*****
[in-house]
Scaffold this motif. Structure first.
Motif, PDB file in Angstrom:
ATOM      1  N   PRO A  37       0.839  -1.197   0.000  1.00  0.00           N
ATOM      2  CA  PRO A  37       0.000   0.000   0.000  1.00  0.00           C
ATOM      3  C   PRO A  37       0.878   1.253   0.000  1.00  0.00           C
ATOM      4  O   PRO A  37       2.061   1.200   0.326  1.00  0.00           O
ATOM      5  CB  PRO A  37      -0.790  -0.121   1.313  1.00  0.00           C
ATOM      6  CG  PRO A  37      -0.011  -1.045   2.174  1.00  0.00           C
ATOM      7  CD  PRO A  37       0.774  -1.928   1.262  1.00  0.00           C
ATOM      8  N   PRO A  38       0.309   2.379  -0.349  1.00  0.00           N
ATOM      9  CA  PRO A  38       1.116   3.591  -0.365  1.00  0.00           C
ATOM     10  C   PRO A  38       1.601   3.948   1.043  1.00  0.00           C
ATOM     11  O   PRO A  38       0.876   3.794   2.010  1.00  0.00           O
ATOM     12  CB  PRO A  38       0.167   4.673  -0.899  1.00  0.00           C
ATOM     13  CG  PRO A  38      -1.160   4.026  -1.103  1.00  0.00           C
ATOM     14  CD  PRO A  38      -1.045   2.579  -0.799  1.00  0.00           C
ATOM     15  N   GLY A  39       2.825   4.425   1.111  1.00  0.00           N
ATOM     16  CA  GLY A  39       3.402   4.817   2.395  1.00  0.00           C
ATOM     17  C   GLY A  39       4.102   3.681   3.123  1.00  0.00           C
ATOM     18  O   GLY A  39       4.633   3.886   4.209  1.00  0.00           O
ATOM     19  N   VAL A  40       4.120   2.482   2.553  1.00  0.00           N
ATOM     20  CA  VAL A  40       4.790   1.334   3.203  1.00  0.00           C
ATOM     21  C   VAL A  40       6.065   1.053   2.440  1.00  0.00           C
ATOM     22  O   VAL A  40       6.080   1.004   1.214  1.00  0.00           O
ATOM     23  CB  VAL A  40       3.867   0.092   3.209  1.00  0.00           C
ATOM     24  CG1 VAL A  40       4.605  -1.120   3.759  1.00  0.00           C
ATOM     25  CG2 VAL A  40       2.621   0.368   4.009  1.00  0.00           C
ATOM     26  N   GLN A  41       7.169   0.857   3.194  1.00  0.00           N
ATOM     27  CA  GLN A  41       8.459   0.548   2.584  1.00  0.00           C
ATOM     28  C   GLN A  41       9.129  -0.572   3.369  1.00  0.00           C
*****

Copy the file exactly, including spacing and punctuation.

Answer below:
[in-house]
Scaffold this motif. Structure first.
Motif, PDB file in Angstrom:
ATOM      1  N   PRO A  37       0.839  -1.197   0.000  1.00  0.00           N
ATOM      2  CA  PRO A  37       0.000   0.000   0.000  1.00  0.00           C
ATOM      3  C   PRO A  37       0.878   1.253   0.000  1.00  0.00           C
ATOM      4  O   PRO A  37       2.061   1.200   0.326  1.00  0.00           O
ATOM      5  CB  PRO A  37      -0.790  -0.121   1.313  1.00  0.00           C
ATOM      6  CG  PRO A  37      -0.011  -1.045   2.174  1.00  0.00           C
ATOM      7  CD  PRO A  37       0.774  -1.928   1.262  1.00  0.00           C
ATOM      8  N   PRO A  38       0.309   2.379  -0.349  1.00  0.00           N
ATOM      9  CA  PRO A  38       1.116   3.591  -0.365  1.00  0.00           C
ATOM     10  C   PRO A  38       1.601   3.948   1.043  1.00  0.00           C
ATOM     11  O   PRO A  38       0.876   3.794   2.010  1.00  0.00           O
ATOM     12  CB  PRO A  38       0.167   4.673  -0.899  1.00  0.00           C
ATOM     13  CG  PRO A  38      -1.160   4.026  -1.103  1.00  0.00           C
ATOM     14  CD  PRO A  38      -1.045   2.579  -0.799  1.00  0.00           C
ATOM     15  N   GLY A  39       2.825   4.425   1.111  1.00  0.00           N
ATOM     16  CA  GLY A  39       3.402   4.817   2.395  1.00  0.00           C
ATOM     17  C   GLY A  39       4.102   3.681   3.123  1.00  0.00           C
ATOM     18  O   GLY A  39       4.633   3.886   4.209  1.00  0.00           O
ATOM     19  N   VAL A  40       4.120   2.482   2.553  1.00  0.00           N
ATOM     20  CA  VAL A  40       4.790   1.334   3.203  1.00  0.00           C
ATOM     21  C   VAL A  40       6.065   1.053   2.440  1.00  0.00           C
ATOM     22  O   VAL A  40       6.080   1.004   1.214  1.00  0.00           O
ATOM     23  CB  VAL A  40       3.867   0.092   3.209  1.00  0.00           C
ATOM     24  CG1 VAL A  40       4.605  -1.120   3.759  1.00  0.00           C
ATOM     25  CG2 VAL A  40       2.621   0.368   4.009  1.00  0.00           C
ATOM     26  N   GLN A  41       7.169   0.857   3.194  1.00  0.00           N
ATOM     27  CA  GLN A  41       8.459   0.548   2.584  1.00  0.00           C
ATOM     28  C   GLN A  41       9.129  -0.572   3.369  1.00  0.00           C